International Journal of Sustainable Manufacturing (7 papers in press)
Assessing the performance of manufacturing sustainability: a conceptual approach
by Muhamad Zaki Yusup, Wan Hasrulnizzam Wan Mahmood, Mohd Rizal Salleh
Abstract: Sustainability in manufacturing can be achieved through the implementation of practice that incorporates each sustainability component consisting of economic, environmental and social. To support this objective, manufacturers must always measure the current performance of sustainability practice. This is to make sure the aim of its implementation can be improved and strengthened. However, to develop a balance of strategy of each sustainability element is quite difficult if its implementation not able to be assessed accurately. This most likely caused by the weaknesses and confusion in identifying the suitable mediators to support the implementation and assessment of the manufacturing sustainability performance. Therefore, this article tries to disclose through the literature several mediators that can be used to measure the performance of sustainability in promoting the sustainability practice in manufacturing. Six mediation aspects, namely design, materials, process, quality, safety and competency, were identified as noteworthy in assessing the sustainability practice to balance its implementation. A total of 22 sub-mediators of economics, 18 sub-mediators of environmental and 23 sub-mediators of social competency were proposed to be integrated in each mediation aspect to support the assessment process. Through focus and the tendency of each mediator, the conceptual framework was proposed to guide the development of assessment strategies to evaluate the sustainability performance in manufacturing. The findings from this study can provide a starting point to diversify the sustainability performance assessment through the quality-oriented mediator in achieving better manufacturing sustainability practices.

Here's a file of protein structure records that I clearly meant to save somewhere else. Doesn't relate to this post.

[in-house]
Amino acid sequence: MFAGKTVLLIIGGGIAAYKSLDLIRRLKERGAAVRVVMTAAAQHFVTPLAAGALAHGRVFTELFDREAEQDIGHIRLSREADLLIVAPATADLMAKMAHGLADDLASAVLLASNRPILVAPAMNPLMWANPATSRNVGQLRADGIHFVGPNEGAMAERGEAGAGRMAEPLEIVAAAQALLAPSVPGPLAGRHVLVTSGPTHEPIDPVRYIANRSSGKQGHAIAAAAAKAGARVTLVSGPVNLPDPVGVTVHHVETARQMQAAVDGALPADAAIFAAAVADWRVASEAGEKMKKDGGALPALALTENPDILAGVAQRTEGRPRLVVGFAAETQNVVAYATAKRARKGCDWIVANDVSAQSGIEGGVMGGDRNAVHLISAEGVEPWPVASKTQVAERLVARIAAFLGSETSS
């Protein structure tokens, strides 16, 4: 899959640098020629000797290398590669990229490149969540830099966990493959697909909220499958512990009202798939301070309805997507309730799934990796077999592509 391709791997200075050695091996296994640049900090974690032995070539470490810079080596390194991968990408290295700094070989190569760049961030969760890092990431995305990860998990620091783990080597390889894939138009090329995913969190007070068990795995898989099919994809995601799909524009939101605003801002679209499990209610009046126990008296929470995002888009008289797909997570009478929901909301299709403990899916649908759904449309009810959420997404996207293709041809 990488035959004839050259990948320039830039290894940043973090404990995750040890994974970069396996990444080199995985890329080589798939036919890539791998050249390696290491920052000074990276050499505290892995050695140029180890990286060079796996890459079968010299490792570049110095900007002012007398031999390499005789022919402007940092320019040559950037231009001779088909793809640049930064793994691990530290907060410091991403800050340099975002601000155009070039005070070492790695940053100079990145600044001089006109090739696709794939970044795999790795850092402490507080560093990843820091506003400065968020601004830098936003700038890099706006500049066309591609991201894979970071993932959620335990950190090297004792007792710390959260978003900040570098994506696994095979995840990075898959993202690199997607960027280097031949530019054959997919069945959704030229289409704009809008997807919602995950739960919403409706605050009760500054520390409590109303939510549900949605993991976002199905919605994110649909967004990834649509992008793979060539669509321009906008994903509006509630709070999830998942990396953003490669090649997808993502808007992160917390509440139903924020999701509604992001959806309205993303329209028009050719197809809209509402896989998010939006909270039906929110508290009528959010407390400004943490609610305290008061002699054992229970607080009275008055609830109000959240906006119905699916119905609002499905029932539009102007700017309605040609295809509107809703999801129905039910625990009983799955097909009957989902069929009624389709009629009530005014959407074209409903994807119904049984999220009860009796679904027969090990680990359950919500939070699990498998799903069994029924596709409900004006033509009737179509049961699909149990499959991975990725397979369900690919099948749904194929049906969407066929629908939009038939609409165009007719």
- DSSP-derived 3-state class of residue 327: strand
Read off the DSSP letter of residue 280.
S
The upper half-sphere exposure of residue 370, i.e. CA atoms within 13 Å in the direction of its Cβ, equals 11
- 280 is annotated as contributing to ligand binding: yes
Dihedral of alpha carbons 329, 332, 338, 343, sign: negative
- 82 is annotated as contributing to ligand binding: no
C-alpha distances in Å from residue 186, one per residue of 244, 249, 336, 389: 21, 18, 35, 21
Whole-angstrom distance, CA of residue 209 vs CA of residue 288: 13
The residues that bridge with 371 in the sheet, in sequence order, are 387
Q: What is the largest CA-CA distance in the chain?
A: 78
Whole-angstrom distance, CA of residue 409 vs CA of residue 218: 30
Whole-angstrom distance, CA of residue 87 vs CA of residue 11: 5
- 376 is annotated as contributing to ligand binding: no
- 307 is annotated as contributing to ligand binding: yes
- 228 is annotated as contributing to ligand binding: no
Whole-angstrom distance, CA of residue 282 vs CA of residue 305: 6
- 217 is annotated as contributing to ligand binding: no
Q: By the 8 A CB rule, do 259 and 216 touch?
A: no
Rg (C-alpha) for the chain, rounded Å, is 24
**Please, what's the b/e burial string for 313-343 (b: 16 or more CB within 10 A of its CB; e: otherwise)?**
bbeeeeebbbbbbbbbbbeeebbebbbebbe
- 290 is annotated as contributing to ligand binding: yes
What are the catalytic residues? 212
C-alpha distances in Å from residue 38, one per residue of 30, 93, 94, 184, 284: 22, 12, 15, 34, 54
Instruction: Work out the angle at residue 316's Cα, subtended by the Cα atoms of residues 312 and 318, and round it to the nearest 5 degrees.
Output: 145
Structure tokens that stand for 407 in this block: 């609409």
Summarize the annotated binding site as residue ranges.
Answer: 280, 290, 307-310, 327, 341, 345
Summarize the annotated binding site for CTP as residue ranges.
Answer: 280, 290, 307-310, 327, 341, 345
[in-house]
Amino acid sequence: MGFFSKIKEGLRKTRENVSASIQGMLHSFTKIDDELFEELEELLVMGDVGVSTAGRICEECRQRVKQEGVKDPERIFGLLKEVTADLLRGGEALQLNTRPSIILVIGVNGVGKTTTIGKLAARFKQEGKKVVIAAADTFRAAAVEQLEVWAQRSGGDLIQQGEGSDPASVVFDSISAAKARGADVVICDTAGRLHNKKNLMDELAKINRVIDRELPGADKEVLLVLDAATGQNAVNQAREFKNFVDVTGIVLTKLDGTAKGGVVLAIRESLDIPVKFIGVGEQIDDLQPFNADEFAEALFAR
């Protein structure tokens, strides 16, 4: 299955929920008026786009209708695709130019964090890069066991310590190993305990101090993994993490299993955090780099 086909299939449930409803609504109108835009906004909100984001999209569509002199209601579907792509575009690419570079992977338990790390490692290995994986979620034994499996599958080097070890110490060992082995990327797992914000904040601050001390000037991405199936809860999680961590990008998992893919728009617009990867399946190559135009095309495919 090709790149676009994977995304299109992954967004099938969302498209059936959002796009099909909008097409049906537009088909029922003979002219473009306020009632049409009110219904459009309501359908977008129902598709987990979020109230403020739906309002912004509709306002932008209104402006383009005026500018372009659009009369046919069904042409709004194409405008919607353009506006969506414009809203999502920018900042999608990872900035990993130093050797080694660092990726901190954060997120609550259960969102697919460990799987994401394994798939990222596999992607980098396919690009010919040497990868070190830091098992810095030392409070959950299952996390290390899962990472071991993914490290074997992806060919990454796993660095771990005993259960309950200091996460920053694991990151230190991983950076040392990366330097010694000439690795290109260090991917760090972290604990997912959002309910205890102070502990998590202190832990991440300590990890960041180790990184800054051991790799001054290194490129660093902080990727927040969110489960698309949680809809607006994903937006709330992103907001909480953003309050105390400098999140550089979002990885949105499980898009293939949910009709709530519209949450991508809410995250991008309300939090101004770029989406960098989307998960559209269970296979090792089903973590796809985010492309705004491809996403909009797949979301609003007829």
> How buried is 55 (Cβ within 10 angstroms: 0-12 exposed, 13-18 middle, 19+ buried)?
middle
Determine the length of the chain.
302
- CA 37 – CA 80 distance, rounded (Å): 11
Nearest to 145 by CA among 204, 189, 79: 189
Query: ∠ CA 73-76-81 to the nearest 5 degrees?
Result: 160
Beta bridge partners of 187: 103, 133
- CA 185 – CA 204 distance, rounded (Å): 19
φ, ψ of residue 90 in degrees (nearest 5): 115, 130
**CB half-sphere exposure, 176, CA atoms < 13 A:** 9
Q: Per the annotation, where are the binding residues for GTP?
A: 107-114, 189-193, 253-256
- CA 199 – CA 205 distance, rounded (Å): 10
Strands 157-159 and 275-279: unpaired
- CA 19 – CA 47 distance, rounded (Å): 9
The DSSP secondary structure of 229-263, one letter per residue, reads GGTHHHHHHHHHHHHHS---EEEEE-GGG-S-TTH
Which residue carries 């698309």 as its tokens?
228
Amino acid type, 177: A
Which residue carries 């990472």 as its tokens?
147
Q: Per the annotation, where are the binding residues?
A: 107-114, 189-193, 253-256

Keywords: manufacturing; sustainability; mediation aspect; performance assessment mediator; conceptual approach.
An assessment of environmentally conscious lubrication techniques in grinding: use of minimum quantity lubrication, solid lubricants and cryogenic cooling
by Mayur Makhesana, Kaushik Patel